Shortly after his or her performance, the future retiree must pass on their dressing room to another star, a moment that is "both very sophisticated and archaic. There are the great speeches, which say that this house will always be yours, but in reality, it becomes otherwise," says Brigitte Lefèvre. "You close the door, you leave and it's over," says Eleonora Abbagnato. But how do these artists project themselves into the future? "What is traumatic is that we are heavily drilled since we entered the dance school at 8 years old, with a professional outline where everything is already decided. How can you exist professionally when you have garnered such admiration, even fascination until now? At 42, most people are in the middle of their career, ours is coming to an end," says Benjamin Pech, who has become ballet master at the Opera of Rome, directed by Eleonora Abbagnato.

It is not a door that closes, but rather another door that opens.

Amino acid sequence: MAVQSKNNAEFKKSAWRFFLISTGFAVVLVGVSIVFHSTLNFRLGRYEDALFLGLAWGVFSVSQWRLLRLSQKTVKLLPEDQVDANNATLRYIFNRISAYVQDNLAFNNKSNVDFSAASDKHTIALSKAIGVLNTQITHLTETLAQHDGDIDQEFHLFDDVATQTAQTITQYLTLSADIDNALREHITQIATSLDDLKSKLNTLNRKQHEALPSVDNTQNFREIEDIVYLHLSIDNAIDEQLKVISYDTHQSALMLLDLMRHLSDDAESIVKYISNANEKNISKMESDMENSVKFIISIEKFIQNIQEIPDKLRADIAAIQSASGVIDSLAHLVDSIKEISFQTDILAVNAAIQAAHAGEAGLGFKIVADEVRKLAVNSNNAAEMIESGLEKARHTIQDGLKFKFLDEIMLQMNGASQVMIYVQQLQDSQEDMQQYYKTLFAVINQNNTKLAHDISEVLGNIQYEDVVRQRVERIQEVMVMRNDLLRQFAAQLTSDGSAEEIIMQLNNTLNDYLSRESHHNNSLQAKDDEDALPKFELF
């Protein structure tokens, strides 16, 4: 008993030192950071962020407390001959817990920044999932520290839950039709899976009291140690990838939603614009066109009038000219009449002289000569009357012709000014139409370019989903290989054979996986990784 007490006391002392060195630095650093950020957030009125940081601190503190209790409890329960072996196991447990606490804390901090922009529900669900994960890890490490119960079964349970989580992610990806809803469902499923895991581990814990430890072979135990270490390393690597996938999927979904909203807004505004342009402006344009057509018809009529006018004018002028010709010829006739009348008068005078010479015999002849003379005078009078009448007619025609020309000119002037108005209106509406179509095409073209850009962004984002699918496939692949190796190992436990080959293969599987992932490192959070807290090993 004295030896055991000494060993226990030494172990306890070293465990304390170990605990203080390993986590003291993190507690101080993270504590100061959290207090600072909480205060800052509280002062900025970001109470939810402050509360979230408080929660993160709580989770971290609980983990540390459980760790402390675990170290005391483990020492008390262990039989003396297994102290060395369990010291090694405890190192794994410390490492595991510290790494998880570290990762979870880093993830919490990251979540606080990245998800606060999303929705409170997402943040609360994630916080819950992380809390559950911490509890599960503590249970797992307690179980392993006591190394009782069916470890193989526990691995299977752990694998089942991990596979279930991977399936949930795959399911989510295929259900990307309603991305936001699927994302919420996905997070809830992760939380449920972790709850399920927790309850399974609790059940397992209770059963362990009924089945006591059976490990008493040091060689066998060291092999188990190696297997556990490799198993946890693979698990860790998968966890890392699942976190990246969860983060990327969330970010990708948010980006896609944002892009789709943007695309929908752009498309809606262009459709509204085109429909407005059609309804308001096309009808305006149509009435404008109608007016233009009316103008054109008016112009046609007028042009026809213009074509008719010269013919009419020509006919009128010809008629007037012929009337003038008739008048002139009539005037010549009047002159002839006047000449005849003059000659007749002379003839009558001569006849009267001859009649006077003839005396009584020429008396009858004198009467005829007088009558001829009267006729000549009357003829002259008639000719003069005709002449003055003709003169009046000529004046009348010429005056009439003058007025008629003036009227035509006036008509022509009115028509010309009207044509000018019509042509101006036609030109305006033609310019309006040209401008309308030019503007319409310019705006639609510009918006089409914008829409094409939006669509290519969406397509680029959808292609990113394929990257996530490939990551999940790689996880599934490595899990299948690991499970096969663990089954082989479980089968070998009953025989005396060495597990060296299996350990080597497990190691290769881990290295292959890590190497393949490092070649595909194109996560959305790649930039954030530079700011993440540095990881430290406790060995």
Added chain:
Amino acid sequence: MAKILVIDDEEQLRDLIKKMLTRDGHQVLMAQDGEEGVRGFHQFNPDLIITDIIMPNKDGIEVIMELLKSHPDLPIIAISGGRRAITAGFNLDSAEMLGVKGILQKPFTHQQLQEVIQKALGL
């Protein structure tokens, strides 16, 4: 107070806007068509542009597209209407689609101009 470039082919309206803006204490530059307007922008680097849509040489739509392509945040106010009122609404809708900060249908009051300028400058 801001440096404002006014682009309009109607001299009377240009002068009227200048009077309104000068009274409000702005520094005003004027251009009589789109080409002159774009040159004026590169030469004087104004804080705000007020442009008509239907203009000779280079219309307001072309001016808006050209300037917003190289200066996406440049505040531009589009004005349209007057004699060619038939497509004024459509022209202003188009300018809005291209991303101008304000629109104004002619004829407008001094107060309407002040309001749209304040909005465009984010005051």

While many stars go on to create or run a company, many experience a profound period of confusion. "I was secretly hoping that someone would call me for a position, that I could be of some value, but it didn't happen that way," explains Nicolas Le Riche. "I had already enrolled at Sciences Po for schooling [in management and leadership]. I had to create my own opportunities."

To remedy this uncertainty, Aurélie Dupont now offers support for company members, offering them a skills assessment and training beyond dance. In the future, Nicolas Le Riche would like the word "adieu" to be replaced by the idea of celebration. "It is not a door that closes, but rather another door that opens." Because under the gold of the Palais Garnier, the stars are eternal.